+ SUBSTRING(RIGHT('000000'
                                          + CONVERT(VARCHAR(6), sj.next_run_time),
                                          6), 3, 2) + ':'
                        + RIGHT(RIGHT('000000'
                                      + CONVERT(VARCHAR(6), sj.next_run_time),
                                      6), 2)) AS TimeNextRunTime ,
                        s.* ,
                        CONVERT(TIME, LEFT(RIGHT('000000'
                                                 + CONVERT(VARCHAR(6), s.active_start_time),
                                                 6), 2) + ':'
                        + SUBSTRING(RIGHT('000000'
                                          + CONVERT(VARCHAR(6), s.active_start_time),
                                          6), 3, 2) + ':'
                        + RIGHT(RIGHT('000000'
                                      + CONVERT(VARCHAR(6), s.active_start_time),
                                      6), 2)) AS TimeActiveStartTime
               FROM     sysjobs j
                        LEFT JOIN sysjobschedules sj ON sj.job_id = j.job_id
                        LEFT JOIN dbo.sysschedules s ON s.schedule_id = sj.schedule_id
               WHERE    s.enabled = 1
                        AND j.enabled = 1
                        AND sj.next_run_date  0
             )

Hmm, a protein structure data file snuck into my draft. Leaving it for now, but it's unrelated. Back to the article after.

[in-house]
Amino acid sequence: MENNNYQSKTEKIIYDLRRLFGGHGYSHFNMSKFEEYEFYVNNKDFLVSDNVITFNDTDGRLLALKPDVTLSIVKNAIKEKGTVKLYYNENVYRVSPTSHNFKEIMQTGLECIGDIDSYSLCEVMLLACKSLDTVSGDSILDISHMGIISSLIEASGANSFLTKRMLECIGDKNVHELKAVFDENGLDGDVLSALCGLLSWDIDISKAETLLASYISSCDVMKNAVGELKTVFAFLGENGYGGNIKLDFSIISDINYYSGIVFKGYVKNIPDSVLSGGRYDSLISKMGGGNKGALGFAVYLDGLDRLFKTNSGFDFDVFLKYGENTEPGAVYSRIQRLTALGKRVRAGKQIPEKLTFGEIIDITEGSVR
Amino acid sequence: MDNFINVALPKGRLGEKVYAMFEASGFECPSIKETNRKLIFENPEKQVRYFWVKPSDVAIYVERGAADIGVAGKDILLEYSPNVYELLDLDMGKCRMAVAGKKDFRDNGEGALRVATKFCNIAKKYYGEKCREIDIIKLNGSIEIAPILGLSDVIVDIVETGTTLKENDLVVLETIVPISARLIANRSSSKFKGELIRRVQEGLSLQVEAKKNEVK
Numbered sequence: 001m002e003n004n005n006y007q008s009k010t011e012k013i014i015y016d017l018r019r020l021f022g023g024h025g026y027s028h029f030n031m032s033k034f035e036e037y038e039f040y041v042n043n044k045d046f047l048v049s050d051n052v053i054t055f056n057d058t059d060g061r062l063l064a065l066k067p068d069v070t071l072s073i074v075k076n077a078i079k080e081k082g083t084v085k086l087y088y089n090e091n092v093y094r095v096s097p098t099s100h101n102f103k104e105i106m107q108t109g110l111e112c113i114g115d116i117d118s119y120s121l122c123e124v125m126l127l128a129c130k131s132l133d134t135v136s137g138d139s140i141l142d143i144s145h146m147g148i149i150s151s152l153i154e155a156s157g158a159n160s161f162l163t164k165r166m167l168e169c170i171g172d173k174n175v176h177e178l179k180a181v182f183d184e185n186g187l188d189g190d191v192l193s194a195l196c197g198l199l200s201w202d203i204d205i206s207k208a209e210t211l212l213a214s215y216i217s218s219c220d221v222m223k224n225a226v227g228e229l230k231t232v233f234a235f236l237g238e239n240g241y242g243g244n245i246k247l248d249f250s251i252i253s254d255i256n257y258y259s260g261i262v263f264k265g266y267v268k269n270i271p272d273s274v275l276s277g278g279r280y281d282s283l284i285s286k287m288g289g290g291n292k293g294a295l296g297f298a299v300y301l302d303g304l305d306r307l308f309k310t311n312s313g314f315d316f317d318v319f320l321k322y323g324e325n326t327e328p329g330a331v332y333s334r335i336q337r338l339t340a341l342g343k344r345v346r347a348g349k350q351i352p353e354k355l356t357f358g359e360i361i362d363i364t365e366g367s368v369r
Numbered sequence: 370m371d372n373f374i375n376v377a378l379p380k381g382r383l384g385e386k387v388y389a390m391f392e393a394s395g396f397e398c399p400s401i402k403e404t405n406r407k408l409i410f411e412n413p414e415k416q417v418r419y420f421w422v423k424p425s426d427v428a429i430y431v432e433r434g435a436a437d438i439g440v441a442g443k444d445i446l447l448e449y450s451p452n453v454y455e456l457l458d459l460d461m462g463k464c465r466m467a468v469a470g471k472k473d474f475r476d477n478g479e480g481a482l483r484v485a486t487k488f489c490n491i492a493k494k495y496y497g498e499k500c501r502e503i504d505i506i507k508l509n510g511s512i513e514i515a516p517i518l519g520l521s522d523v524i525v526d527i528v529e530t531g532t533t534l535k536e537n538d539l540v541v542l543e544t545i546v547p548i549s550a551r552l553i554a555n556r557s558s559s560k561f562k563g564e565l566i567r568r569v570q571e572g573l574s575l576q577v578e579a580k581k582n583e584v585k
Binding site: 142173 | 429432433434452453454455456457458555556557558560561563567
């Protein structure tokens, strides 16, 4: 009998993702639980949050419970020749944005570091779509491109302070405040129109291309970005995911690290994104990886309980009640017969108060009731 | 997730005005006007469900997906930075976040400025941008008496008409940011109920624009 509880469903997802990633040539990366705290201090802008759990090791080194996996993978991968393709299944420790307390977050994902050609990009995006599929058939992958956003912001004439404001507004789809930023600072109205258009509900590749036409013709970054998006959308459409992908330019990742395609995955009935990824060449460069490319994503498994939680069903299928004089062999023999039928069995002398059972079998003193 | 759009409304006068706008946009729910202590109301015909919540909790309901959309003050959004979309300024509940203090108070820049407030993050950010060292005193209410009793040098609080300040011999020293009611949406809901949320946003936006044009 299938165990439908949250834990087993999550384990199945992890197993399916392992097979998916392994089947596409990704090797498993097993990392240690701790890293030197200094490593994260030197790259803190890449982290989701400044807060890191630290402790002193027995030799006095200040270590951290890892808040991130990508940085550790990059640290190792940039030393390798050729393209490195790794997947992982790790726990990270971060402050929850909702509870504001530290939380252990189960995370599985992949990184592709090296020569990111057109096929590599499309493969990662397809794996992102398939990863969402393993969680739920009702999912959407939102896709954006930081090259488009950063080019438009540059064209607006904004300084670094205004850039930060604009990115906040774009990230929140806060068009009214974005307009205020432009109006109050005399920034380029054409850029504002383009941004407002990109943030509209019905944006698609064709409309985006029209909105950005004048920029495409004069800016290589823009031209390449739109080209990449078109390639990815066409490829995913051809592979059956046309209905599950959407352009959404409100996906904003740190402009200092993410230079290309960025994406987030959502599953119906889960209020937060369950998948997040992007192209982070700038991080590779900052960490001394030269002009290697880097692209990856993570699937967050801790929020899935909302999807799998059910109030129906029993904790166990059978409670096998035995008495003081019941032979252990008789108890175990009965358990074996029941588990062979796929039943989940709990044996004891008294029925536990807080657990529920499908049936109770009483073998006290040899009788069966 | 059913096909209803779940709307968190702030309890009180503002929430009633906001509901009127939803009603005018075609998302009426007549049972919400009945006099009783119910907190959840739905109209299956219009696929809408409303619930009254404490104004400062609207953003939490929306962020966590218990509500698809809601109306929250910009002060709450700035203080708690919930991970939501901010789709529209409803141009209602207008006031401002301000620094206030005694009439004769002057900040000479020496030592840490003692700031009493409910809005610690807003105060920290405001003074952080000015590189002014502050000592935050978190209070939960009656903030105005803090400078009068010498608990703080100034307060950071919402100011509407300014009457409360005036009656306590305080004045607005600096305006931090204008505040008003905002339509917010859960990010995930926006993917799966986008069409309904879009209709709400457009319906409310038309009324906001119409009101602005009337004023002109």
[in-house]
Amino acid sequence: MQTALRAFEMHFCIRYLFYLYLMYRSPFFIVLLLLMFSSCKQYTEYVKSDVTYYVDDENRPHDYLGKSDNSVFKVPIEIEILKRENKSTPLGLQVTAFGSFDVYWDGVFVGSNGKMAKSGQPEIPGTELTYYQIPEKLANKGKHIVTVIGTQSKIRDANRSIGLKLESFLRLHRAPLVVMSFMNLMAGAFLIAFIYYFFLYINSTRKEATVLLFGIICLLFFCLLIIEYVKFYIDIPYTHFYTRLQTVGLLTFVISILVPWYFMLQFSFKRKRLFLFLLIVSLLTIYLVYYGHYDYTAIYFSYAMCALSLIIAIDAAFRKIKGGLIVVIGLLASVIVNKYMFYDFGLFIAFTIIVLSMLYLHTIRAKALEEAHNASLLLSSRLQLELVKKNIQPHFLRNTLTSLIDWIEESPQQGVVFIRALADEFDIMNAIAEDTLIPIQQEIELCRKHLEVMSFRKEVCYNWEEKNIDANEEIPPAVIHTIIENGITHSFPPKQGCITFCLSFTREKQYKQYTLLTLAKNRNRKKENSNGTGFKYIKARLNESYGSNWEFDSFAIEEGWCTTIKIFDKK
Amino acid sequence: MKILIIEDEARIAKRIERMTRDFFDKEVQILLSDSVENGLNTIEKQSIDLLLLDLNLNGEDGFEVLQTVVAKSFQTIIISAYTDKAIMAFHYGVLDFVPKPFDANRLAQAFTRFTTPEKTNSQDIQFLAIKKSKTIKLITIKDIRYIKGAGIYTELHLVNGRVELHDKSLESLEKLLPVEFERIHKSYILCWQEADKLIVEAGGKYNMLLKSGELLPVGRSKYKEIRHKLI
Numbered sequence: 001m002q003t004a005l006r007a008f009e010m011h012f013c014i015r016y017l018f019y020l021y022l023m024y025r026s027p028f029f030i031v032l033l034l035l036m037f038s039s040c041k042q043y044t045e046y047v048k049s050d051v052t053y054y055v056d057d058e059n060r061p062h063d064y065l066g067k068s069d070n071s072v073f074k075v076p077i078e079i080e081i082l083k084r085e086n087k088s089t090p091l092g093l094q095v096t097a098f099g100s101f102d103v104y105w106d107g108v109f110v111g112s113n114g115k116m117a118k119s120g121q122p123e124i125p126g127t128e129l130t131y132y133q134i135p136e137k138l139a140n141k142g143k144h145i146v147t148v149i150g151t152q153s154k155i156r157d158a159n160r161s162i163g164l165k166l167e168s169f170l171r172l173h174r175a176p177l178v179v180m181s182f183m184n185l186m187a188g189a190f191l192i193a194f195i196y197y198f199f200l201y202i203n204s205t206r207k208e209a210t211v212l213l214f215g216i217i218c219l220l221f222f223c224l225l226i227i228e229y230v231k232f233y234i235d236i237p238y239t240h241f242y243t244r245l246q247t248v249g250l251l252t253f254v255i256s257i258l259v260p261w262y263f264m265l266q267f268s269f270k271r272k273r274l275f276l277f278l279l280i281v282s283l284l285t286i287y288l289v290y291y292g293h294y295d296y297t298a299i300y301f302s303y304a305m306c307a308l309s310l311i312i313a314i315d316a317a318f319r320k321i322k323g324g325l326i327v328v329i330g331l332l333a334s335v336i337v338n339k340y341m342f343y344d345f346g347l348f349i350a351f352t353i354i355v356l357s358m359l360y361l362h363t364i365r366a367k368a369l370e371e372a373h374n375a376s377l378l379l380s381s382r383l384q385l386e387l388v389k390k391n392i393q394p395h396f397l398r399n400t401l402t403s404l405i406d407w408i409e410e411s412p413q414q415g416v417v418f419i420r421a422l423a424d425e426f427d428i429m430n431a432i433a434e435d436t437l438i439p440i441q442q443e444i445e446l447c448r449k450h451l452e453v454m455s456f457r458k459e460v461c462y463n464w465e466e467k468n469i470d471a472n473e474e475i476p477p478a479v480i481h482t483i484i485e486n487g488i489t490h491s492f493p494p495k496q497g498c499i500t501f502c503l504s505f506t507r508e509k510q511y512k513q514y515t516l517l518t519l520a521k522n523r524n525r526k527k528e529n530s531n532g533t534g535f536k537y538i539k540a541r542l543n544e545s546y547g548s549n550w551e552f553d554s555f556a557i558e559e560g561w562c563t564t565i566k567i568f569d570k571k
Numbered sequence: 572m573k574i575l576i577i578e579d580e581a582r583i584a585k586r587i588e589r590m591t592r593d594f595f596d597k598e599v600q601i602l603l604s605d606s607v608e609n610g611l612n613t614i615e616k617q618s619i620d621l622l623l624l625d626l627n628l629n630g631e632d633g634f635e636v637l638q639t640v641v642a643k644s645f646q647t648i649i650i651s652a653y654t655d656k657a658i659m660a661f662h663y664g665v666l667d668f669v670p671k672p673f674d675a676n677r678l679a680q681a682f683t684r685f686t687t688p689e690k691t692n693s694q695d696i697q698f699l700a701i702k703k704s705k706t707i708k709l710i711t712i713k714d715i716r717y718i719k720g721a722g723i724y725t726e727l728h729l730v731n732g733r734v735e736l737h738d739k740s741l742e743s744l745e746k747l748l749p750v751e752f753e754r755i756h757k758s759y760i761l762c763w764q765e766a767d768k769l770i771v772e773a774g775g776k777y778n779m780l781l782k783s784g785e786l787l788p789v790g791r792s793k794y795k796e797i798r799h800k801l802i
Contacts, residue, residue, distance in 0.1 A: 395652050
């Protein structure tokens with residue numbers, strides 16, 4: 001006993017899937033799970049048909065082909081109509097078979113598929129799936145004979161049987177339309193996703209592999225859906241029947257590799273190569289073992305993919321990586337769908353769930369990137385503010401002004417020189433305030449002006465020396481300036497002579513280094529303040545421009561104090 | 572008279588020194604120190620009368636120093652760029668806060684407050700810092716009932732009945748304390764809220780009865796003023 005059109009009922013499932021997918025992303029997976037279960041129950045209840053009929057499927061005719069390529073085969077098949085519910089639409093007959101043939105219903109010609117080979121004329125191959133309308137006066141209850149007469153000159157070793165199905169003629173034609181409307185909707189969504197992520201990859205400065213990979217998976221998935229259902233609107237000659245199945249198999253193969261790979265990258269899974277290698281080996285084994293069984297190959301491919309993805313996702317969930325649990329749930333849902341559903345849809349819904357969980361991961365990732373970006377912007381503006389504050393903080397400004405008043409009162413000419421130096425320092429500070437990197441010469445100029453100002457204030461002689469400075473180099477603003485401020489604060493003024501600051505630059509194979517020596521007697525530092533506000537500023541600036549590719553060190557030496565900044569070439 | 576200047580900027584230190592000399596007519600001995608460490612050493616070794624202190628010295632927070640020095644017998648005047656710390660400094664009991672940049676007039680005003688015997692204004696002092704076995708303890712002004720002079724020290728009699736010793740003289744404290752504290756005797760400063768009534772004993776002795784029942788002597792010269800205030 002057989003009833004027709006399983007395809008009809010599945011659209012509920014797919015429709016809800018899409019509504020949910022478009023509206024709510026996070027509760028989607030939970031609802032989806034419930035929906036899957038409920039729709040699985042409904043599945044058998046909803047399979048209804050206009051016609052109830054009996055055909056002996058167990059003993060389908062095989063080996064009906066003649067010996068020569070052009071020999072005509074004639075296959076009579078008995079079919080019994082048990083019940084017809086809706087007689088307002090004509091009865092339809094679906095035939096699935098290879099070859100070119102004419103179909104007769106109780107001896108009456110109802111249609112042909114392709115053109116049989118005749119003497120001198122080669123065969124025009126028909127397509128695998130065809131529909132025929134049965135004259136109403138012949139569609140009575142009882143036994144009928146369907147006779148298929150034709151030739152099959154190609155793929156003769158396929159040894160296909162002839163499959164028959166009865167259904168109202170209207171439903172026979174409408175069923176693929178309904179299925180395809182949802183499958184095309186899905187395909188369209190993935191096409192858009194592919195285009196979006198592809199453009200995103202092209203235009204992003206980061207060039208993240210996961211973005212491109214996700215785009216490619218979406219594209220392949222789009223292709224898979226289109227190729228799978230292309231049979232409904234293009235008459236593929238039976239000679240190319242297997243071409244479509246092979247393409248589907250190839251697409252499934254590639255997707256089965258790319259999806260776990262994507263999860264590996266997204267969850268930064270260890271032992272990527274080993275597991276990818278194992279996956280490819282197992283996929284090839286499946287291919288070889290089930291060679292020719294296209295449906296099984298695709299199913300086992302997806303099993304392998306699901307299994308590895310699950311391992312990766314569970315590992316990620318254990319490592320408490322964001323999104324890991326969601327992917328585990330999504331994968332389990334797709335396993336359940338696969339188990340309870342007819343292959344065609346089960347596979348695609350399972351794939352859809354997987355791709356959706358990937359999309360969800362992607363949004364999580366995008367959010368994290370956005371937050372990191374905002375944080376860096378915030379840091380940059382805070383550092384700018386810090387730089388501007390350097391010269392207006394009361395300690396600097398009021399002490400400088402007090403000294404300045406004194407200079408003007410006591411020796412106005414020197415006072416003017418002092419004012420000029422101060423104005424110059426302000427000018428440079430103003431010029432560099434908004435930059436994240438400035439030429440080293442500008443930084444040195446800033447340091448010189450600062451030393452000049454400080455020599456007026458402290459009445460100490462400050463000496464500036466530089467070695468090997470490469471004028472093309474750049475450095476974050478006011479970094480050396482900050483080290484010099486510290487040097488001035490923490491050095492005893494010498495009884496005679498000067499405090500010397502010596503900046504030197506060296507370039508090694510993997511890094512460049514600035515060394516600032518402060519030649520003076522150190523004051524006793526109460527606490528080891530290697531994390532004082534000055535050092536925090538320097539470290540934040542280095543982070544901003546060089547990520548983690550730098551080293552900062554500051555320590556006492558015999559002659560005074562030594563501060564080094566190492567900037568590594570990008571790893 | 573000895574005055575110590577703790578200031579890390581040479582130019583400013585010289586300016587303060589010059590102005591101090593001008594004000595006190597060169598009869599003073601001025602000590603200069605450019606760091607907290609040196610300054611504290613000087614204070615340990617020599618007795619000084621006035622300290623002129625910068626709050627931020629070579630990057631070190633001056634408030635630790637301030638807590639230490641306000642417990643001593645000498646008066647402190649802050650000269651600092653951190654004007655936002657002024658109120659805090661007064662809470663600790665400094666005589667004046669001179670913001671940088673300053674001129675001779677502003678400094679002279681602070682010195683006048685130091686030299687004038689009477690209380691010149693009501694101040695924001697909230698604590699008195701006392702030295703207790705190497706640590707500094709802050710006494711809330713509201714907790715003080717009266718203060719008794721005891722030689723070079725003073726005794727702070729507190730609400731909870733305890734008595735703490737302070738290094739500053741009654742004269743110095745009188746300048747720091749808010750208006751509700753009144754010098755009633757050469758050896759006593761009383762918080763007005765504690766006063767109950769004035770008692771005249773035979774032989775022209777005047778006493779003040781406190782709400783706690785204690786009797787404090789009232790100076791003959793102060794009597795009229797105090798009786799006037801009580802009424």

SELECT  *
    FROM    EnabledJobSchedules
    WHERE   1 = 1
            --AND DATEPART(HOUR, TimeNextRunTime) = 1
            AND ( ( 1 = 0 )
                  OR ( freq_type = 1
                       AND EnabledJobSchedules.DateNextRunDate = CONVERT(DATE, '27 mar 2016')
                     ) -- One-shot jobs
                  OR ( freq_type = 4
                       AND DATEDIFF(DAY, CONVERT(DATE, '27 mar 2016'),
                                    DateNextRunDate) % freq_interval = 0
                     ) -- Every x days
                  OR ( freq_type = 8
                       AND freq_interval & 1 = 1
                     ) -- weekly on sunday
                  OR ( freq_type = 16
                       AND freq_interval = 27
                     ) -- Monthly on 27th
                  OR ( freq_type = 32
                       AND freq_interval & 1 = 1
                       AND freq_relative_interval & 24 = 24
                     ) -- 4th or last Sunday of the month
                )
            AND ( ( freq_subday_type = 1
                    AND DATEPART(HOUR, TimeActiveStartTime) = 1
                  )
                  OR ( freq_subday_type = 8
                       AND ( ( DATEPART(HOUR, TimeActiveStartTime) = 1 )
                             OR ( freq_subday_interval = 1
                                  AND DATEPART(HOUR, TimeActiveStartTime) <= 1
                                )
                           )
                     )
                  OR ( freq_subday_type IN ( 2, 4 )
                       AND DATEPART(HOUR, TimeActiveStartTime) <= 1
                     )
                )
    ORDER BY JobName;

My question is – what am I missing? Only time will tell (hah!)

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One Response to The TImes, They Are A-Changing

  1. Pingback: Check Your Clocks – Curated SQL